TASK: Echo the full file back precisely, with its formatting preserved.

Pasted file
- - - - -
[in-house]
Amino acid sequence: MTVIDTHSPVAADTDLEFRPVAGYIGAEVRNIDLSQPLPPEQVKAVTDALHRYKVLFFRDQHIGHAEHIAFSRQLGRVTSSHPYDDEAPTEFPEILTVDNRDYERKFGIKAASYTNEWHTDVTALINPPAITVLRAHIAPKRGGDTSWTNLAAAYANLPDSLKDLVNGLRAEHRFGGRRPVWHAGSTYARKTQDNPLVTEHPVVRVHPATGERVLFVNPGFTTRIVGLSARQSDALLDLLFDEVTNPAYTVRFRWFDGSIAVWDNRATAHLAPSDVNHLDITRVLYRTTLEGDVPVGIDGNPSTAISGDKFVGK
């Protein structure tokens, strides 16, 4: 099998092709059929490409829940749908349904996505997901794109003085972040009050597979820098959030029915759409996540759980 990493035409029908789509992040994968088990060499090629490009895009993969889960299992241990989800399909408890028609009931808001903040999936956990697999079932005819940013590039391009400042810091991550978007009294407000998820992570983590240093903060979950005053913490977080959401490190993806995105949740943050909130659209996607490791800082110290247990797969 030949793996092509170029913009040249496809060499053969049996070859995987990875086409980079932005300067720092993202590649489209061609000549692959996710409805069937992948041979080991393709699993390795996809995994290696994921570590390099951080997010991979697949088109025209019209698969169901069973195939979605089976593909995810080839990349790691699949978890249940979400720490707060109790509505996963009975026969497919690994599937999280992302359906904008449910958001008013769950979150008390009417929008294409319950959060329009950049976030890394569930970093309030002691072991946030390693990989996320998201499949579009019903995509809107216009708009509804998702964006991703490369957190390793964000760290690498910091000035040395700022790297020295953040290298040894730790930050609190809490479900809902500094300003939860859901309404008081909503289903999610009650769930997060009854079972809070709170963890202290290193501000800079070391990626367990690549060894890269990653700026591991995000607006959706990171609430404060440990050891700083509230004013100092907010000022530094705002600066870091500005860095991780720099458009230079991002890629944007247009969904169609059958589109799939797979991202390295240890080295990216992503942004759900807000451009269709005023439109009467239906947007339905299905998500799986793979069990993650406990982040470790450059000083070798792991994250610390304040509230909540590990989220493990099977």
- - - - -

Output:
[in-house]
Amino acid sequence: MTVIDTHSPVAADTDLEFRPVAGYIGAEVRNIDLSQPLPPEQVKAVTDALHRYKVLFFRDQHIGHAEHIAFSRQLGRVTSSHPYDDEAPTEFPEILTVDNRDYERKFGIKAASYTNEWHTDVTALINPPAITVLRAHIAPKRGGDTSWTNLAAAYANLPDSLKDLVNGLRAEHRFGGRRPVWHAGSTYARKTQDNPLVTEHPVVRVHPATGERVLFVNPGFTTRIVGLSARQSDALLDLLFDEVTNPAYTVRFRWFDGSIAVWDNRATAHLAPSDVNHLDITRVLYRTTLEGDVPVGIDGNPSTAISGDKFVGK
């Protein structure tokens, strides 16, 4: 099998092709059929490409829940749908349904996505997901794109003085972040009050597979820098959030029915759409996540759980 990493035409029908789509992040994968088990060499090629490009895009993969889960299992241990989800399909408890028609009931808001903040999936956990697999079932005819940013590039391009400042810091991550978007009294407000998820992570983590240093903060979950005053913490977080959401490190993806995105949740943050909130659209996607490791800082110290247990797969 030949793996092509170029913009040249496809060499053969049996070859995987990875086409980079932005300067720092993202590649489209061609000549692959996710409805069937992948041979080991393709699993390795996809995994290696994921570590390099951080997010991979697949088109025209019209698969169901069973195939979605089976593909995810080839990349790691699949978890249940979400720490707060109790509505996963009975026969497919690994599937999280992302359906904008449910958001008013769950979150008390009417929008294409319950959060329009950049976030890394569930970093309030002691072991946030390693990989996320998201499949579009019903995509809107216009708009509804998702964006991703490369957190390793964000760290690498910091000035040395700022790297020295953040290298040894730790930050609190809490479900809902500094300003939860859901309404008081909503289903999610009650769930997060009854079972809070709170963890202290290193501000800079070391990626367990690549060894890269990653700026591991995000607006959706990171609430404060440990050891700083509230004013100092907010000022530094705002600066870091500005860095991780720099458009230079991002890629944007247009969904169609059958589109799939797979991202390295240890080295990216992503942004759900807000451009269709005023439109009467239906947007339905299905998500799986793979069990993650406990982040470790450059000083070798792991994250610390304040509230909540590990989220493990099977």